Kenneth Wesson is a keynote speaker and education consultant for preschool through university level institutions and organizations. He speaks throughout the world on the neuroscience of learning and methods for creating classrooms and learning environments that are “brain-compatible.” Formerly an education consultant with Stanford Research Institute he also lectures on the subjects of early brain development, emotional intelligence, diversity in learning, design, and engineering, and curriculum development. For more information click here.
Shirley Brice Heath is a linguistic anthropologist at Stanford University and studies learners across the life span in non-formal environments of learning. She gives primacy focus on the ways in which speakers, young and old, learn the structures and uses of language as well as the attitudes, gestures, and interactional ways called for in learning environments of all types. In community arts organizations, she has examined the learning outcomes that result when youth living in under-resourced communities participate in planning, creating, producing, and critiquing products and performances. She is the author of Words at Work and Play: Three Decades in Family and Community Life (2012) and the classic Ways with Words: Language, Life and Work in Communities and Classrooms (Cambridge University Press, 1983/1996). For more information click here.
Sarah Crowell has taught dance, theater and violence prevention to youth and teachers for over 25 years. She is currently the artistic director at Destiny Arts Center where she has served in different capacities since 1990, including executive director from 2002–2007. She has been the artistic director of the acclaimed teen dance/theater company, the Destiny Arts Youth Performance Company, since 1993. Sarah has authored a curriculum guidebook about her work with teens, and her work with the youth company has been the subject of two documentary films. Sarah has facilitated arts integration, violence prevention, cultural competency and team building professional development sessions since 2000 both locally and nationally. Sarah is the recipient of the 2013 Bay Area Dance Week award, the 2011 KQED Women’s History Local Hero award, the 2007 KPFA Peace award and the 2006 Purple Moon DreamSpeakers award. For more information click here.
Shawn Ginwright is a leading national expert on African American youth, youth activism, and youth development. He is an Associate Professor of Education in the Africana Studies Department, and Senior Research Associate for the Cesar Chavez Institute for Public Policy at San Francisco State University. In 1989, Dr. Ginwright co-founded Leadership Excellence, Inc. with his friend Daniel Walker. Leadership Excellence is an innovative youth development agency located in Oakland, California that trains African American youth to address pressing social and community problems. In 2002 he also created the Research Collaborative on Youth Activism, a network of scholar activists who study, advocate and support youth organizing efforts around the country. He is the author of Black Youth Rising, Activism and Radical Healing in Urban America, amongst other written works. For more information click here.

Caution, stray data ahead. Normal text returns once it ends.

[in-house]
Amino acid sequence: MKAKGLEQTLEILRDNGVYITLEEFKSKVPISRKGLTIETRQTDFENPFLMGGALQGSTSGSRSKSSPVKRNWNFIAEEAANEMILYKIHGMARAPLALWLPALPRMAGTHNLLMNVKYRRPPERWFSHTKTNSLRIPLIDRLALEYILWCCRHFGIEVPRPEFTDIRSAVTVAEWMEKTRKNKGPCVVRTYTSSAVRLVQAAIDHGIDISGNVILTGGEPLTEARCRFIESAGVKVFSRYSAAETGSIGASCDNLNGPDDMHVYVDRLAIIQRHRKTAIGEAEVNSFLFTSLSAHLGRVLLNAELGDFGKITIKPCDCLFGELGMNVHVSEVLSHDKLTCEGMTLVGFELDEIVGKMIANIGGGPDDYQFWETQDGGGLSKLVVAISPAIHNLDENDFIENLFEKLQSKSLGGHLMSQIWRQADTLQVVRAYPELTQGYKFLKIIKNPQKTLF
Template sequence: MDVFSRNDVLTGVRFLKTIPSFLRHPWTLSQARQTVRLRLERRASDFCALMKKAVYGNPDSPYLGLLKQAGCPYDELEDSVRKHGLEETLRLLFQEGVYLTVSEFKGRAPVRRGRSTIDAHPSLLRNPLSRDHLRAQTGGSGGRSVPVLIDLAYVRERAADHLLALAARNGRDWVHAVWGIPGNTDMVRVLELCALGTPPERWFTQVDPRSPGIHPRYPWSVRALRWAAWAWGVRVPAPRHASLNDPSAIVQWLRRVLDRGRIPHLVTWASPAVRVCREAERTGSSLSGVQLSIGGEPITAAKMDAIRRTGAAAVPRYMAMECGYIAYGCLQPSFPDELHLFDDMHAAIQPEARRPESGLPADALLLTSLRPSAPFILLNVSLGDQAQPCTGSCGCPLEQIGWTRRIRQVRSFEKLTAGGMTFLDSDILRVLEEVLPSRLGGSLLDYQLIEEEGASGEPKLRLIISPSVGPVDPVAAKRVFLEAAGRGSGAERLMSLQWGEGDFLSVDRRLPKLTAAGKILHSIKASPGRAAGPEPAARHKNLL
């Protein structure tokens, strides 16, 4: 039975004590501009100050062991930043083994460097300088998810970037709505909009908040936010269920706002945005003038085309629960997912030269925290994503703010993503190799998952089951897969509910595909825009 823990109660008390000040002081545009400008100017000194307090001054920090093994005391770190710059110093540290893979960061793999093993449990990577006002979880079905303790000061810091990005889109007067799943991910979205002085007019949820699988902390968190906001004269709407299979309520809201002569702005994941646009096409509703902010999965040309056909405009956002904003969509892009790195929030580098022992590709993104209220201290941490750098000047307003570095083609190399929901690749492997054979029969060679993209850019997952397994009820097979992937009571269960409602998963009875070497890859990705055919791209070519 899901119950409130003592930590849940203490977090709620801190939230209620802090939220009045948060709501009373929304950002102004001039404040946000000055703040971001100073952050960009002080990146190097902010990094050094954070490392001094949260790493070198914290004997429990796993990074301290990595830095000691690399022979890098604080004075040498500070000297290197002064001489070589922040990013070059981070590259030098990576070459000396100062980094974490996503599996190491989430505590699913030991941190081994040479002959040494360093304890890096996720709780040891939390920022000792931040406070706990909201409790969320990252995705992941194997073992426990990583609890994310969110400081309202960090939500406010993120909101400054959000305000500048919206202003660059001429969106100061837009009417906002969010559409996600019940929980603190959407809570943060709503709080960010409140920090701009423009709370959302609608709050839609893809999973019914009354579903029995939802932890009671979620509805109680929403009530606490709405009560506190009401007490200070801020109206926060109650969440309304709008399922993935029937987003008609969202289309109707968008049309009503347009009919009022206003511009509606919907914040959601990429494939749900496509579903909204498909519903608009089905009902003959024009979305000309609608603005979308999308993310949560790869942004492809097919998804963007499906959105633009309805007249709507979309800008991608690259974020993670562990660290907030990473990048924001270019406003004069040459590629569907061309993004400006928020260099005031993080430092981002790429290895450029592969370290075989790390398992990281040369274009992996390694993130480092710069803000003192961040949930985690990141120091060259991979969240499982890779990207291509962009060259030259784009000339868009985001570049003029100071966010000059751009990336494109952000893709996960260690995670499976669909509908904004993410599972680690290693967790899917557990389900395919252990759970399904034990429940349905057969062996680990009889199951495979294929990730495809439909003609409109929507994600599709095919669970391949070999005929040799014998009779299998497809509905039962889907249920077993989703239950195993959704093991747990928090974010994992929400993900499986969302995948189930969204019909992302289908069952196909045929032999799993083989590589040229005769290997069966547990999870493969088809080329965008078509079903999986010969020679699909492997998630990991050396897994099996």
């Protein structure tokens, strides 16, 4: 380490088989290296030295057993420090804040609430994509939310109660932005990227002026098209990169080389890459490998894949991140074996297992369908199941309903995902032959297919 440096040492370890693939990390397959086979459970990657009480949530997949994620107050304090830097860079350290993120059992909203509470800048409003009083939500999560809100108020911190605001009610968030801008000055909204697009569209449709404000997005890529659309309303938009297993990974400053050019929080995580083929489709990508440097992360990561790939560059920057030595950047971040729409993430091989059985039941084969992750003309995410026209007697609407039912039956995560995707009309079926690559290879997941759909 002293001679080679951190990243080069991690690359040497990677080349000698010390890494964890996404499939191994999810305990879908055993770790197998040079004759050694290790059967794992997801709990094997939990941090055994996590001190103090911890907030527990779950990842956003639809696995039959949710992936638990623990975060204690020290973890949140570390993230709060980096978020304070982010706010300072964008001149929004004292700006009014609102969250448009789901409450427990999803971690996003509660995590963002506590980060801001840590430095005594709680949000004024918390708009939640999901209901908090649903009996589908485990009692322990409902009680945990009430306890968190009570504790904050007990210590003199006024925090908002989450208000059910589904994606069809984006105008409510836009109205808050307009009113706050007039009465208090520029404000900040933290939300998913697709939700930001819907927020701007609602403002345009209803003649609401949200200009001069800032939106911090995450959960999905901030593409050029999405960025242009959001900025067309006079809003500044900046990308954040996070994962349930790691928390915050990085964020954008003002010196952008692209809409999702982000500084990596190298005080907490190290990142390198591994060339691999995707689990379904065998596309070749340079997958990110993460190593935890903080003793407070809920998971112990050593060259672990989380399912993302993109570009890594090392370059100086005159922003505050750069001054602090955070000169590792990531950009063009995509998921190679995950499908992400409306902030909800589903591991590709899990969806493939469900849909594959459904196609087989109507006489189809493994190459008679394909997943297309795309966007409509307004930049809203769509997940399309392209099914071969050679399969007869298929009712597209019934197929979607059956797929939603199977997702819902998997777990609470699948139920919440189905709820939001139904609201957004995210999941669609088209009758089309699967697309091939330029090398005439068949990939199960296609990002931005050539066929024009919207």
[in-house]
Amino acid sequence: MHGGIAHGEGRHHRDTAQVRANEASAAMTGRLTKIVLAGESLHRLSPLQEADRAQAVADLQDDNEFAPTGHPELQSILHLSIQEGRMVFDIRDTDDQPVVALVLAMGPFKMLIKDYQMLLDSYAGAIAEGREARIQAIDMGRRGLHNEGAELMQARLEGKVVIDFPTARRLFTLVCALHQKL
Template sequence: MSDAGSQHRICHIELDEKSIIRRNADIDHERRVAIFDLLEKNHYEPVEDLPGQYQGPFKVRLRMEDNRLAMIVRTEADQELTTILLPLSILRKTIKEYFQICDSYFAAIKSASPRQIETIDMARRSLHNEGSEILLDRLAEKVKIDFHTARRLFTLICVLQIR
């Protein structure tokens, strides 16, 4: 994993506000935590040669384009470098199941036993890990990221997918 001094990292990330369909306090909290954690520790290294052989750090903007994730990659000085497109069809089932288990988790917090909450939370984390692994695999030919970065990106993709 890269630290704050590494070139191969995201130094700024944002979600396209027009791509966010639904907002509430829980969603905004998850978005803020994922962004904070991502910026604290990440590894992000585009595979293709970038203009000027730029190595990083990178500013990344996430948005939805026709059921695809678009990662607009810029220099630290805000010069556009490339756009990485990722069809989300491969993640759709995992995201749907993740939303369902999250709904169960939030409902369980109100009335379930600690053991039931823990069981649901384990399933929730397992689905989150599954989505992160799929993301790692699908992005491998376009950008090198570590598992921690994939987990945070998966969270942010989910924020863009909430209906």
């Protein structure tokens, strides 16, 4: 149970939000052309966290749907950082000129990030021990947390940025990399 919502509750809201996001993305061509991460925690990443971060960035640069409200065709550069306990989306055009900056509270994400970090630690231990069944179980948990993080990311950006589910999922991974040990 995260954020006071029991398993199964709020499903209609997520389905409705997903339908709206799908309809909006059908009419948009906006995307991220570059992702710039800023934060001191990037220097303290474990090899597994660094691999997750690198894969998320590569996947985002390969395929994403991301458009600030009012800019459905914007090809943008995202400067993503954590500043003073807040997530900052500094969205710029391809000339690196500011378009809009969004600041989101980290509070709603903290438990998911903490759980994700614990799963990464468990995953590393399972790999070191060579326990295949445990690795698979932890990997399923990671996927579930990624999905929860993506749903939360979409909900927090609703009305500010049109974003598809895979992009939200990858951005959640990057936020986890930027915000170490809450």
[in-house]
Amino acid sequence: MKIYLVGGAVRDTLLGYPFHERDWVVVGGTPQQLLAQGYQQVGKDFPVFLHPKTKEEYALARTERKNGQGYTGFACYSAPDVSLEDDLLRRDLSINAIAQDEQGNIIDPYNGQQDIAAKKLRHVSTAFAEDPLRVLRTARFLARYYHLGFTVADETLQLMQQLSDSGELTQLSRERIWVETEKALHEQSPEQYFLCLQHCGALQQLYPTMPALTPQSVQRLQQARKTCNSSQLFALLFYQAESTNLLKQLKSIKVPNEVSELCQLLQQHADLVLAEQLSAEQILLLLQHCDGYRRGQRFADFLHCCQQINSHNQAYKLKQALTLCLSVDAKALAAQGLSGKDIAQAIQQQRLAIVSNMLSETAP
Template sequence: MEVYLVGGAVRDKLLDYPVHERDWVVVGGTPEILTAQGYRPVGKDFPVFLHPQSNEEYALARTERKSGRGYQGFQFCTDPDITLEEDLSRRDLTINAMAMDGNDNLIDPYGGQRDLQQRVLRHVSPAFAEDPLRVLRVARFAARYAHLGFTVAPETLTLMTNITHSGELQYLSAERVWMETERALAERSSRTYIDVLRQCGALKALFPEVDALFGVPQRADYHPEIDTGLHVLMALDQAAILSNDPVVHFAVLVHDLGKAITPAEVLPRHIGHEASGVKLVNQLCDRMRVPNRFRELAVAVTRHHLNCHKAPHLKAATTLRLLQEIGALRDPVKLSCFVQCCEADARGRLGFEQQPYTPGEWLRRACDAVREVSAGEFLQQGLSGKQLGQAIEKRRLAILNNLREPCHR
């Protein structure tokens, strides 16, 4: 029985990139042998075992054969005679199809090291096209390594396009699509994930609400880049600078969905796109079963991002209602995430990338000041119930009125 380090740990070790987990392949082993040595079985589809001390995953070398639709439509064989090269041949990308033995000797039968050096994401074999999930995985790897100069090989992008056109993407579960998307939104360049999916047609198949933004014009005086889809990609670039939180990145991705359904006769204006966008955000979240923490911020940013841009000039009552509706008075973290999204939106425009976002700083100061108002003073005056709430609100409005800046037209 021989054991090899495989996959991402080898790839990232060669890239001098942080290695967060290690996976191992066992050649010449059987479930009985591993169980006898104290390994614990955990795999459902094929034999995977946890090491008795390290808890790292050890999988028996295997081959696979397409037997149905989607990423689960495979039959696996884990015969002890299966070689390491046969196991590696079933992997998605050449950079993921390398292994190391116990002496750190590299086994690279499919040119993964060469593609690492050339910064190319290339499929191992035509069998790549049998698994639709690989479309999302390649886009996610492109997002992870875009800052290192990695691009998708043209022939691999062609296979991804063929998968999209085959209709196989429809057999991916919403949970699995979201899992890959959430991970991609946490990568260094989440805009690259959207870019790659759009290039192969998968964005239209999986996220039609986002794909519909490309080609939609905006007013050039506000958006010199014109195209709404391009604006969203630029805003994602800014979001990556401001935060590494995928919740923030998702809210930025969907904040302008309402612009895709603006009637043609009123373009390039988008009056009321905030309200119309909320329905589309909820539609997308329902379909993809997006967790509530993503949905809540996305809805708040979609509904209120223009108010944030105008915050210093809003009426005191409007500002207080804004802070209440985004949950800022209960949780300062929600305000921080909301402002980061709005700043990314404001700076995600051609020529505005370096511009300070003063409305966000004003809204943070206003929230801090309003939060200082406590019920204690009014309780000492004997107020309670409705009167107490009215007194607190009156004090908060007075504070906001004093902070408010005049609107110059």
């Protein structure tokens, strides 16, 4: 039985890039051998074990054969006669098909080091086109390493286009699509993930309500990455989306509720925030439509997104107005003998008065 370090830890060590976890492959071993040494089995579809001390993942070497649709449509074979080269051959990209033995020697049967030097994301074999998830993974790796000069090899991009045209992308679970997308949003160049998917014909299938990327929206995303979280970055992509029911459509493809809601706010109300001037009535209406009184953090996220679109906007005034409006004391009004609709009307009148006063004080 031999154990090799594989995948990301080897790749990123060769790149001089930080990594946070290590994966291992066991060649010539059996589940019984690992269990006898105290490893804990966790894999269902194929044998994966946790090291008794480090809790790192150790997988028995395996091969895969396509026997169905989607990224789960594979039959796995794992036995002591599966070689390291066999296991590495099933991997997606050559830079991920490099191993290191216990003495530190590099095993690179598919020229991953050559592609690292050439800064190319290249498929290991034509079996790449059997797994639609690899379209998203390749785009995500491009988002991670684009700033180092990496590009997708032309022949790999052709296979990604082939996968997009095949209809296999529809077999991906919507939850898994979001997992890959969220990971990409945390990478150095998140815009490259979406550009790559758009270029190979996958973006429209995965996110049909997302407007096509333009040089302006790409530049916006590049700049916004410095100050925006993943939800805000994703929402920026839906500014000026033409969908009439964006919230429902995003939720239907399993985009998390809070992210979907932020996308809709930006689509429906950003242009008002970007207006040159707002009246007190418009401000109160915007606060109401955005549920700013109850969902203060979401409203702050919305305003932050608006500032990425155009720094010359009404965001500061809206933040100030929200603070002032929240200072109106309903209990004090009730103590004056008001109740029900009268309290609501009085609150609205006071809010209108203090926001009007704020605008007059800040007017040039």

Julia Marshall As Professor of Art Education at San Francisco State University, Julia oversees the art education program in the Art Department and teaches undergraduate and graduate courses. She is the Design and Development Consultant to ACOE’s Integrated Learning Specialist Program. Her interests and scholarship lie in art-centered learning, arts integration, and the role of contemporary art in the classroom. Julia has published a series of articles on these interconnecting topics in national art education books and journals. She is the co-author with David M. Donahue of Art Centered Learning Across the Curriculum: Integrating Contemporary Art Into the Secondary School Classroom published by Teachers College Press.
Shakti Butler, PhD is a racial justice educator whose work is rooted in love and justice. She is a multiracial African-American woman (African, Arawak Indian, and Russian-Jewish) and her work as a creative and visionary bridge builder has challenged and inspired learning for over two decades. Using film and dialogue, she invites people to grapple with both the intellectual and emotional complexities of social justice issues. Dr. Butler is the producer and director of groundbreaking Word Trust documentaries including The Way Home: Talk About Race in America and Mirrors of Privilege: Making Whiteness Visible, and her film Cracking the Codes: The System of Racial Inequity. Dr. Butler is also the Founder and Creative Director of World Trust Educational Services, a nonprofit based in Oakland, CA. For more information click here.
Joanna Macy is a scholar of Buddhism, general systems theory, and deep ecology. A respected voice in the movements for peace, justice, and ecology, she interweaves her scholarship with five decades of activism. As the root teacher of the Work That Reconnects, she has created a ground-breaking theoretical framework for personal and social change, as well as a powerful workshop methodology for its application. Her wide-ranging work addresses psychological and spiritual issues of the nuclear age, the cultivation of ecological awareness, and the fruitful resonance between Buddhist thought and contemporary science. The many dimensions of this work are explored in her books included in this partial list: Despair and Personal Power in the Nuclear Age; Thinking Like a Mountain; Mutual Causality in Buddhism and General Systems Theory; Coming Back to Life: Practices to Reconnect Our Lives, Our World; Widening Circles; World as Lover, World as Self; and Pass It On: Five Stories That Can Change the World. For more information click here.